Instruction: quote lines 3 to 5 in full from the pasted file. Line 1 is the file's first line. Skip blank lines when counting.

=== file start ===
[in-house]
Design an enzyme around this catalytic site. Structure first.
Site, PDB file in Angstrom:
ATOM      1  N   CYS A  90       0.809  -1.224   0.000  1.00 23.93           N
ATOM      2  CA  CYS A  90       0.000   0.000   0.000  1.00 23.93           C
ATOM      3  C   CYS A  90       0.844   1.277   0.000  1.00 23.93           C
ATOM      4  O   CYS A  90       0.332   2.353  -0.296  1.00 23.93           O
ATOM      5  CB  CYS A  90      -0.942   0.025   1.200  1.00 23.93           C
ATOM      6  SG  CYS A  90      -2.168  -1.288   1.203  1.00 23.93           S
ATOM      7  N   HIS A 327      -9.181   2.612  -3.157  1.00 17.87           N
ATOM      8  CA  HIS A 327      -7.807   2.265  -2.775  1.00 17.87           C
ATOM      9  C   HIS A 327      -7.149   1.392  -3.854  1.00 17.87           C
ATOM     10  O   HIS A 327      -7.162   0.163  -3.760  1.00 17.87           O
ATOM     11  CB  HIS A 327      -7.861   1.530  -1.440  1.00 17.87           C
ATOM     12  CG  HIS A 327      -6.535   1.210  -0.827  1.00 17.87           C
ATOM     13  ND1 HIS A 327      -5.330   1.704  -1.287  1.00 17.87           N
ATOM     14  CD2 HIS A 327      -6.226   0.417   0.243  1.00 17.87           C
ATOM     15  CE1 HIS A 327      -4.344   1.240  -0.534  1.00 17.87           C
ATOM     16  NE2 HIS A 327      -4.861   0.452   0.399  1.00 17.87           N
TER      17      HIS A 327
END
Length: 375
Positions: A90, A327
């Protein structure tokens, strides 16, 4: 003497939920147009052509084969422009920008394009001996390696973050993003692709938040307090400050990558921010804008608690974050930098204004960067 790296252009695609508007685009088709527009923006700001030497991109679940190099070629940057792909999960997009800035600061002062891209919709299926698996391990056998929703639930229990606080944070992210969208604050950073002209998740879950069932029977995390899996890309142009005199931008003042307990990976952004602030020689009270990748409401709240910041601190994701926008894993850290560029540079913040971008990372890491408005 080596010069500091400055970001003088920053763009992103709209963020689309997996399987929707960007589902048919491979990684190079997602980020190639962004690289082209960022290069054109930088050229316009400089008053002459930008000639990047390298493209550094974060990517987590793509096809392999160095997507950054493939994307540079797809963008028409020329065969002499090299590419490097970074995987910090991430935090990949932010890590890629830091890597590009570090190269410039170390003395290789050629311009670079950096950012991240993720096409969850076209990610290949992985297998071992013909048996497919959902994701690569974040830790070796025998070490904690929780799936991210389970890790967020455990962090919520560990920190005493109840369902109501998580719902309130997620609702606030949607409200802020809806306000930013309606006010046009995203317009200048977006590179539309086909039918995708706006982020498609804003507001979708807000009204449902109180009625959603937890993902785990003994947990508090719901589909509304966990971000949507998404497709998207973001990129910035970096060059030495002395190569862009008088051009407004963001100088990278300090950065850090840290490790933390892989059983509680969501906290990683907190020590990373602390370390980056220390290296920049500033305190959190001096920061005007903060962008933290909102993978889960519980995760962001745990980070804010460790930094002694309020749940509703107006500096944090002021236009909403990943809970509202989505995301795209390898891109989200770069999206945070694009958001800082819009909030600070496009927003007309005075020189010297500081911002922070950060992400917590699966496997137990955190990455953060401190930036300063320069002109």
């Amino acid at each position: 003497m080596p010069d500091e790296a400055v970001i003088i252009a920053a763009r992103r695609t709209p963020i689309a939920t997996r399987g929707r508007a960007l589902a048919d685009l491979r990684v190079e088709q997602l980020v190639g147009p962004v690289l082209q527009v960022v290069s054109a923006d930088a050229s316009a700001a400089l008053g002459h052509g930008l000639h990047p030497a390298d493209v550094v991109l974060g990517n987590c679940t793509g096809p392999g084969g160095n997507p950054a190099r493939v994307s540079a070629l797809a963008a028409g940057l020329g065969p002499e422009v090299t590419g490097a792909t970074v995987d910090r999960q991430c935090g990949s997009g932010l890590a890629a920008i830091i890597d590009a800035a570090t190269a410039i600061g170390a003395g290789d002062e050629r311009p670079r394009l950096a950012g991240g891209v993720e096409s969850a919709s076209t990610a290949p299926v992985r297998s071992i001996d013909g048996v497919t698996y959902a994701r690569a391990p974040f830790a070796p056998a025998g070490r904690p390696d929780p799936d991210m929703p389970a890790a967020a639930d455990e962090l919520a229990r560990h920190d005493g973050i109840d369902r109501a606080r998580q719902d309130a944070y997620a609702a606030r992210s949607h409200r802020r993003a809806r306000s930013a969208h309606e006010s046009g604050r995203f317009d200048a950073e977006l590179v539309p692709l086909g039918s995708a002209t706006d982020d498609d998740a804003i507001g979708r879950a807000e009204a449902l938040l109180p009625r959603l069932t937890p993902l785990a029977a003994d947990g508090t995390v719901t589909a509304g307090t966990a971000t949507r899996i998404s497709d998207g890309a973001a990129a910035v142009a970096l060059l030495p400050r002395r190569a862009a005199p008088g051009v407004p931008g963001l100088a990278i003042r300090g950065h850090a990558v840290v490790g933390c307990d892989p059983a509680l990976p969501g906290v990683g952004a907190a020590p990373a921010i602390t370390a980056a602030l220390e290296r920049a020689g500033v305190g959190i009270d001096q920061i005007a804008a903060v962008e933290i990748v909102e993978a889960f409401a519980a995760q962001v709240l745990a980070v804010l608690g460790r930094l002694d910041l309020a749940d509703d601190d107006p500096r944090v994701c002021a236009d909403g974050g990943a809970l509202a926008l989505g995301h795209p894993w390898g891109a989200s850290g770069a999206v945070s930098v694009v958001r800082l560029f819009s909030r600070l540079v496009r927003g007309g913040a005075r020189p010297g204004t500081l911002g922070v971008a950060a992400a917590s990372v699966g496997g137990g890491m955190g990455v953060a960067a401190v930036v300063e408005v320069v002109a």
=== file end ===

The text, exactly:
Site, PDB file in Angstrom:
ATOM      1  N   CYS A  90       0.809  -1.224   0.000  1.00 23.93           N
ATOM      2  CA  CYS A  90       0.000   0.000   0.000  1.00 23.93           C